New Statesman – Cloud control

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Interesting angle on the global warming debate from the New Statesman, in which Bjorn Lomborg dares to suggest that the environmental pressure group consensus on what to do about climate change is wrong. He points out how the discourse in the media is being controlled, with the use of words like “denier” and “sceptic” acting as sticks to hit people with. Use the word “denier” about somebody, and you’re immediately aligning them with the neo-Nazi holocaust deniers.

Lomborg argues that the cost of cutting carbon emissions as radically as some propose (including The Guardian newspaper, with its 10:10 campaign) would actually cause more damage than the predicted rise in global temperatures.

Anyone who reads science fiction will already know about some of the more radical weather engineering solutions (look at Kim Stanley Robinson’s series of three books, for example), and Lomborg argues that pumping sea water into the air to whiten the clouds is one idea worth considering, which would cost a fraction of the unrealistic and unreachable carbon emissions targets.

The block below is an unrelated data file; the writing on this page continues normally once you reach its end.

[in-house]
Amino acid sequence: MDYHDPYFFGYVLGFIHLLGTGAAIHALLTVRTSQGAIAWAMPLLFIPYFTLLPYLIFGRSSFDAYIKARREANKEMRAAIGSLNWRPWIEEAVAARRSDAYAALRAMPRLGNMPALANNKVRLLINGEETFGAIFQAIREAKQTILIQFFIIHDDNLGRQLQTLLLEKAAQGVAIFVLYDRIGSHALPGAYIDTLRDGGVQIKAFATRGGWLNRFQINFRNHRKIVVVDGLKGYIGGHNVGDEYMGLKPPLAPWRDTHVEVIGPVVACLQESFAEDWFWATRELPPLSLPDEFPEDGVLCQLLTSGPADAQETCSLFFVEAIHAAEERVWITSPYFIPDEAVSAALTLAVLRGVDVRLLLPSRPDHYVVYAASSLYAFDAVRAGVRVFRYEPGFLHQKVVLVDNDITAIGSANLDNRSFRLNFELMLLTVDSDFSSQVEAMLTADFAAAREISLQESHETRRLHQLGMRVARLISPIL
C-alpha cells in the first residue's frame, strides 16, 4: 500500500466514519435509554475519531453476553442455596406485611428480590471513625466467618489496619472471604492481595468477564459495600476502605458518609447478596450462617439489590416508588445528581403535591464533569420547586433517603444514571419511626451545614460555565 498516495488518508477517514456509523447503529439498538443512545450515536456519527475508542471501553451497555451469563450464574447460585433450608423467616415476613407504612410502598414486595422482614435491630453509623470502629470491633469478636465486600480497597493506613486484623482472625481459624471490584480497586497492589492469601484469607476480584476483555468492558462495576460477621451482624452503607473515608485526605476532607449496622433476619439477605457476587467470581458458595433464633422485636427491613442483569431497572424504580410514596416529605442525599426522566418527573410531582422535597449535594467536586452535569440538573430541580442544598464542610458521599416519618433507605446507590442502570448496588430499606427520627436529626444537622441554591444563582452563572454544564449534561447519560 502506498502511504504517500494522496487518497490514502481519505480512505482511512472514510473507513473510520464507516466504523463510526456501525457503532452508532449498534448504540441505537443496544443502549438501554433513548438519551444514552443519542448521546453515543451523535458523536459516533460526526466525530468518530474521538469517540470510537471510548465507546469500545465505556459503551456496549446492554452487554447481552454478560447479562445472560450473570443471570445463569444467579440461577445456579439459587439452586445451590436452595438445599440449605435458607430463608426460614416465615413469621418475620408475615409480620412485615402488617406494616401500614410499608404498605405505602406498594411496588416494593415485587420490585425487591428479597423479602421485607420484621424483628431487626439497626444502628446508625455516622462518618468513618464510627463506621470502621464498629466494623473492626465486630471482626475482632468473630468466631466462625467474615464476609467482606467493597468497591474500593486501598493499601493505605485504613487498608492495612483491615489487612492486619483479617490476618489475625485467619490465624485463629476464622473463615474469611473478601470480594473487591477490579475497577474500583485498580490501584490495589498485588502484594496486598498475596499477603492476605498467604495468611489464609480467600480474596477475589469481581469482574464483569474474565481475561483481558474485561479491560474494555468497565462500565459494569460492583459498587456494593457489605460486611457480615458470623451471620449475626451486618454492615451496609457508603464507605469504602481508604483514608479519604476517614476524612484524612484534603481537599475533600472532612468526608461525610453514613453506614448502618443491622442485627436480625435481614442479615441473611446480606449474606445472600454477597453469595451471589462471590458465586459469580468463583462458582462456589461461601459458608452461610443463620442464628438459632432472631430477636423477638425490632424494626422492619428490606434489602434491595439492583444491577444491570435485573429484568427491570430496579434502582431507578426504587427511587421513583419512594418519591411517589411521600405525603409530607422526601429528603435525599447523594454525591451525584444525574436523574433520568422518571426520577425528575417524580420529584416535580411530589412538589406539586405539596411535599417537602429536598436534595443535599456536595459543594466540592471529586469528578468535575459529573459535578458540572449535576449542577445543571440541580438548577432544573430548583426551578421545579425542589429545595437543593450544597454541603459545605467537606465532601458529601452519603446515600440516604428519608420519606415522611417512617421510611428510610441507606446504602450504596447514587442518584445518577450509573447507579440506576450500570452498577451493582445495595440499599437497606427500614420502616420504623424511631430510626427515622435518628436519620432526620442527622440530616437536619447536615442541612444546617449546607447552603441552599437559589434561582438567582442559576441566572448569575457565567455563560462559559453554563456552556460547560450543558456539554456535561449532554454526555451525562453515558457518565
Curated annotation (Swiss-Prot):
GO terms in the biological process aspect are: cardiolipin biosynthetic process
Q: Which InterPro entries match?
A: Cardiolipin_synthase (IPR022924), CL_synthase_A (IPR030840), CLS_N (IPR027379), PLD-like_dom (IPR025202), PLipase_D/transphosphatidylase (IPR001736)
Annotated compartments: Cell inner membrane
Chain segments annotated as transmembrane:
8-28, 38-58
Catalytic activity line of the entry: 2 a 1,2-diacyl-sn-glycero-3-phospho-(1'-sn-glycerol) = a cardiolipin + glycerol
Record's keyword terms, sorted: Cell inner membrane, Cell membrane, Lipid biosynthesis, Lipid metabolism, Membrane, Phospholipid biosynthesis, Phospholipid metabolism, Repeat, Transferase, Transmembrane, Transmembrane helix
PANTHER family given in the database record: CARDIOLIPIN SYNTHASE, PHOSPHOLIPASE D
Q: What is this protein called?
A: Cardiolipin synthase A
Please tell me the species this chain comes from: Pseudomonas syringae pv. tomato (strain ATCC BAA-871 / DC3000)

The researchers conclude, remarkably, that we might be able to cancel out this century's entire global warming with 1,900 unmanned ships spraying seawater mist into the air, at a total cost of about £6bn. When the benefits from averted warming are calculated, this is the equivalent of doing more than £2,000 worth of good with every pound spent.
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Marine cloud whitening would obviously not solve every aspect of global warming. But it would achieve more, much faster, than any plausible carbon cuts could ever do, and at a fraction of the price. If we are concerned with solving global warming, then we have a moral obligation to research what we could achieve with this technology.

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